Tuesday, June 03, 2008

The writes of the unborn child

I’ve just been arbitrating a debate about whether ‘foetus’ or ‘fetus’ is correct in UK spelling. Needless to say, this is how I always dreamed my life would turn out.

‘Fetus’ is technically right – the etymology is the Latin word of the same spelling, and the English usage dates back to 1398. The OED has traced ‘Foetus’ in English back to at least 1594 – but its earliest known use was in Latin, in seventh-century Seville, where it was either a typo (OK, a quillo) or an ineptly pretentious adornment.

The rise of ‘foetus’ was pretty much guaranteed when Samuel Johnson’s 1755 dictionary included it. Nowadays, it’s in much wider use in the UK mainstream, although ‘fetus’ is still considered scientifically accurate and is favoured in medical journals. Collins and the OED list both but prefer ‘fetus’.

My boss’s attitude was: “Who cares if people think we’ve got it wrong? They’re ignoramuses and we know we’re right!” Normally, I’d applaud that; I’m a bit of a pernickety self-satisfied elitist git. I would die in the ditch (or at least tut a little) to defend the correct meanings of ‘disinterested’, ‘fulsome’, ‘coruscating’, ‘decimate’ and suchlike, which most people seem to get wrong.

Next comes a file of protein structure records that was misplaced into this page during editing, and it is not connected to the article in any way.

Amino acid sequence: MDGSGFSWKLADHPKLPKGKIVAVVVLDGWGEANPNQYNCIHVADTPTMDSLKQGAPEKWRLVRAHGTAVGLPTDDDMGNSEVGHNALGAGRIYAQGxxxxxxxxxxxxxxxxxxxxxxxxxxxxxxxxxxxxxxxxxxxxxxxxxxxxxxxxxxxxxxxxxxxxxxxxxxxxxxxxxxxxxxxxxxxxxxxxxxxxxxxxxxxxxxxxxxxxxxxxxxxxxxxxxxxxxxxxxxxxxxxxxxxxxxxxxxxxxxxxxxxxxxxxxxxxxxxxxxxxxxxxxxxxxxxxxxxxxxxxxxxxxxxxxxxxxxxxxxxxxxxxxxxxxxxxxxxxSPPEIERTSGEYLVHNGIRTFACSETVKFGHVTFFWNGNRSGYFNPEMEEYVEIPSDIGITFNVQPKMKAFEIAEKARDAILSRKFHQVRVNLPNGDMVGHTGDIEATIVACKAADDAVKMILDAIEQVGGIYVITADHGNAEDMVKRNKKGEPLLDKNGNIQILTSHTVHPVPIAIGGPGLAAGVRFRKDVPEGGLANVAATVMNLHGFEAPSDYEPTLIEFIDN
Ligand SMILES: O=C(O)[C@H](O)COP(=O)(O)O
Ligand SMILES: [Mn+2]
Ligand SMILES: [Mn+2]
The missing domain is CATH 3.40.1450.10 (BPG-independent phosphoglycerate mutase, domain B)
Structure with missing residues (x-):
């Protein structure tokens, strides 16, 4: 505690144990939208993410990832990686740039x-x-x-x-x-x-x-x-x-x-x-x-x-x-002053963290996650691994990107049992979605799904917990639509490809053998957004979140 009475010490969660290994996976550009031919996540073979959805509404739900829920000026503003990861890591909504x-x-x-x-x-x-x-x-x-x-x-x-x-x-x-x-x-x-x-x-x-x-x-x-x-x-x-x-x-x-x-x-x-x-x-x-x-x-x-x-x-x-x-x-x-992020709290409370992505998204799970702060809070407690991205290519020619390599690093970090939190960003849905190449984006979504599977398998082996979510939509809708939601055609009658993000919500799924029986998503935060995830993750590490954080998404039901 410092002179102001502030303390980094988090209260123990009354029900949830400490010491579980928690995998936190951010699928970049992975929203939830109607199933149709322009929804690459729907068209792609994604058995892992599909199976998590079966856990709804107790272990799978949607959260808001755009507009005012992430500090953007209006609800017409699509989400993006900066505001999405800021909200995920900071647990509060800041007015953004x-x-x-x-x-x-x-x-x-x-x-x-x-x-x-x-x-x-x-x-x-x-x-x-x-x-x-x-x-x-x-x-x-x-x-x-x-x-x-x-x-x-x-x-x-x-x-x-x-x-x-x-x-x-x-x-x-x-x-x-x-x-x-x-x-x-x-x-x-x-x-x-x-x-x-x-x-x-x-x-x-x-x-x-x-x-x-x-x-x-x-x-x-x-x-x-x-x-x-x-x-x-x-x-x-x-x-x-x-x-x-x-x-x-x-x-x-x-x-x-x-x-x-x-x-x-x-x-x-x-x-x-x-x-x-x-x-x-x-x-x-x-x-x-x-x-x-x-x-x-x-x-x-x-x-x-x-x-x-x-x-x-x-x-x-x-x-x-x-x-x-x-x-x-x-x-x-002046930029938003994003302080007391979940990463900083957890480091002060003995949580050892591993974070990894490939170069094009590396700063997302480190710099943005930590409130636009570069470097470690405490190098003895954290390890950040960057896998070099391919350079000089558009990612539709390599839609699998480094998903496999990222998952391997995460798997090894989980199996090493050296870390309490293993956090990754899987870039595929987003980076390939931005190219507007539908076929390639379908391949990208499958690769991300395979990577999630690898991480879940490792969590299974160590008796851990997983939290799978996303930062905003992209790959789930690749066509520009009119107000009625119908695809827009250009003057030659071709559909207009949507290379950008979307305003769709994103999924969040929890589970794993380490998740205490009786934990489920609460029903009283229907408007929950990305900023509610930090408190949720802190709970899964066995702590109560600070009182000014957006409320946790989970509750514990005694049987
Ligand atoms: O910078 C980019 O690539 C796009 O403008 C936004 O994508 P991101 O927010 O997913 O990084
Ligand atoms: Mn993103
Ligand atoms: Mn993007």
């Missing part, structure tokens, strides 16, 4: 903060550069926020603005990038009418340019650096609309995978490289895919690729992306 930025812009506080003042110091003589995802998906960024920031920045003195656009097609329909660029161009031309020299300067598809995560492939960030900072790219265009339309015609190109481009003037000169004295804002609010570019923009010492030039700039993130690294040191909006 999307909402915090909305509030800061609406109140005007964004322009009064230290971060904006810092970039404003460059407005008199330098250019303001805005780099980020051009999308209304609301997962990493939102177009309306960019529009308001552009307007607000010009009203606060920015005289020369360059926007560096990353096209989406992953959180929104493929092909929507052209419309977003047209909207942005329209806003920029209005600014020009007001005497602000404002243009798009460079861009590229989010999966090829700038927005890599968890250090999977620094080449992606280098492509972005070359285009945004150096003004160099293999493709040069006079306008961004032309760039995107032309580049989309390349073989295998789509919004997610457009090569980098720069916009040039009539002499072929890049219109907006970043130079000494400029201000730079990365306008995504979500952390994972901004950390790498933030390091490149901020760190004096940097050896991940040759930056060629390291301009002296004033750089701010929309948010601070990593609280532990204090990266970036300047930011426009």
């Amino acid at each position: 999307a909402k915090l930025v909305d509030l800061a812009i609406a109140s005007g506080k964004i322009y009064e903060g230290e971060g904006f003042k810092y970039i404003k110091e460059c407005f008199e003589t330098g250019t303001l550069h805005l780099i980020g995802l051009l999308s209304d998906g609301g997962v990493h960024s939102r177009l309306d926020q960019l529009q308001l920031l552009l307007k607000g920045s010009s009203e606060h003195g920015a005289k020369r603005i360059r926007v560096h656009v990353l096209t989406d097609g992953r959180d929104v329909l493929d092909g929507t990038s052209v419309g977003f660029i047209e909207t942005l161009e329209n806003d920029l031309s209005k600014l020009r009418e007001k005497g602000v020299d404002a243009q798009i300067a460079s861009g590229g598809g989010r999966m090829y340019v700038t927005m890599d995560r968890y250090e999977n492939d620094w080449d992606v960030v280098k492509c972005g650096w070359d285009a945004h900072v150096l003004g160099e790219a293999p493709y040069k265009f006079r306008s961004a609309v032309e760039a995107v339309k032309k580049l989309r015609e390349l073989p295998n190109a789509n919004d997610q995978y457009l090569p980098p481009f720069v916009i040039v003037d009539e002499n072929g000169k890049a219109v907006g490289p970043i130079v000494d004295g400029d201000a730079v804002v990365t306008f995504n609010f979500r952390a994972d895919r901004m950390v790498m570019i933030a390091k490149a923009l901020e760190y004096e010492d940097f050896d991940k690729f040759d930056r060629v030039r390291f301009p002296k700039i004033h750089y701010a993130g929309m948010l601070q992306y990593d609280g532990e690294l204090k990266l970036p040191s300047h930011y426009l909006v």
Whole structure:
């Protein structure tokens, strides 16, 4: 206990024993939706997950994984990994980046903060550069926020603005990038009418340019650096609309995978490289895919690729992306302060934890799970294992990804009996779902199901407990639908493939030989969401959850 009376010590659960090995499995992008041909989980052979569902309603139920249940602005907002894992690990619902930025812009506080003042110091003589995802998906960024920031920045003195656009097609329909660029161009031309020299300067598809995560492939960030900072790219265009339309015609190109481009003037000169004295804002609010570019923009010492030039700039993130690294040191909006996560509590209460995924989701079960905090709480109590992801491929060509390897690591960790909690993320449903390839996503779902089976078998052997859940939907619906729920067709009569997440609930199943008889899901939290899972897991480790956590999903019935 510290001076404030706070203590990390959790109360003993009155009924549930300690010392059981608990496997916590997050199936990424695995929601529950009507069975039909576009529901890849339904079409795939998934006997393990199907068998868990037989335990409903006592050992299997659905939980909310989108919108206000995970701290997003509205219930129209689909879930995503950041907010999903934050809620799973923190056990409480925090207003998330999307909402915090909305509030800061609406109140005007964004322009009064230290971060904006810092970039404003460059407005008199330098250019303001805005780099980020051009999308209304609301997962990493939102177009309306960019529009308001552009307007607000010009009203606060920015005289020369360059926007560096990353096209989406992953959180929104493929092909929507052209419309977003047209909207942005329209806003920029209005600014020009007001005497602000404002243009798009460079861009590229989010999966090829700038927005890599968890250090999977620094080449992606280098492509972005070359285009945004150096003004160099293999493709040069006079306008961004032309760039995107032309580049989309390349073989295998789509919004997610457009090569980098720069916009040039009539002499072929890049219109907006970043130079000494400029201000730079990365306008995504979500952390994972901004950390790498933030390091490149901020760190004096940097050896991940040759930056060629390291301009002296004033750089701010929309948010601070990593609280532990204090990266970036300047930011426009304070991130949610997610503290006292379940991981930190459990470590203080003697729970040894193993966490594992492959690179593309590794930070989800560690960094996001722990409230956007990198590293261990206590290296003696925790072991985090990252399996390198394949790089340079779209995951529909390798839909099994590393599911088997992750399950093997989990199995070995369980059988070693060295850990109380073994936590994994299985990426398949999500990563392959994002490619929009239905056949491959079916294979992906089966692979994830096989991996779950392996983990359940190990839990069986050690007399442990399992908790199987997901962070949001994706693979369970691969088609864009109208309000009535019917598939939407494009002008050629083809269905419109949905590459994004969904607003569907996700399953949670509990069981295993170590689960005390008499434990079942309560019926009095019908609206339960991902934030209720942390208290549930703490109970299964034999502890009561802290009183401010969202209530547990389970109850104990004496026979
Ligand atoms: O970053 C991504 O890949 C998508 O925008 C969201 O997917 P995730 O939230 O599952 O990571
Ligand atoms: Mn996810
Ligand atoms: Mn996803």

But… the aim of language is to communicate. And editors should make sure that the copy we work on does this as smoothly as possible. Just as a typo will jlot people out of their reading, so will an apparent typo (or apparent misplaced Americanism). If we treat ‘knowing we’re right even if nobody else does’ as a success, then who are we doing this for – ourselves? Pah.

I don’t usually like to compromise with the masses, nor to follow the media pack, but given that this mistake is over four centuries old and has been accepted by the Times, Guardian, Telegraph, Independent, BBC and some (unknown yet surely large) majority of people… isn’t it standard by now?

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